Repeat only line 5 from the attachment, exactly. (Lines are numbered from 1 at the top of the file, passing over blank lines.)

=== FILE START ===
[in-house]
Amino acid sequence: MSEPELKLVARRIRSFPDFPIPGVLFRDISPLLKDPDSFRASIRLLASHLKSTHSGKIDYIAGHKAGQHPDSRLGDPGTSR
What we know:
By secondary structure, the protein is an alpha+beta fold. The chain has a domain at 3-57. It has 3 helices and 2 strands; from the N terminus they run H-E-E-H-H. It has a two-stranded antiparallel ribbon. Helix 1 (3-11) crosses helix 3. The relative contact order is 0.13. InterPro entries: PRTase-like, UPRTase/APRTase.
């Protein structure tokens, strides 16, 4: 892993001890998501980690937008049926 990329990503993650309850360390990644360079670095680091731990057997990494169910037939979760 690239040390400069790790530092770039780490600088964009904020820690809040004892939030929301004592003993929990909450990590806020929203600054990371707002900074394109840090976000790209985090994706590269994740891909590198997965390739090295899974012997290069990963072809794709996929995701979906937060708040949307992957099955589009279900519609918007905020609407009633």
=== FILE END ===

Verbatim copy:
């Protein structure tokens, strides 16, 4: 892993001890998501980690937008049926 990329990503993650309850360390990644360079670095680091731990057997990494169910037939979760 690239040390400069790790530092770039780490600088964009904020820690809040004892939030929301004592003993929990909450990590806020929203600054990371707002900074394109840090976000790209985090994706590269994740891909590198997965390739090295899974012997290069990963072809794709996929995701979906937060708040949307992957099955589009279900519609918007905020609407009633």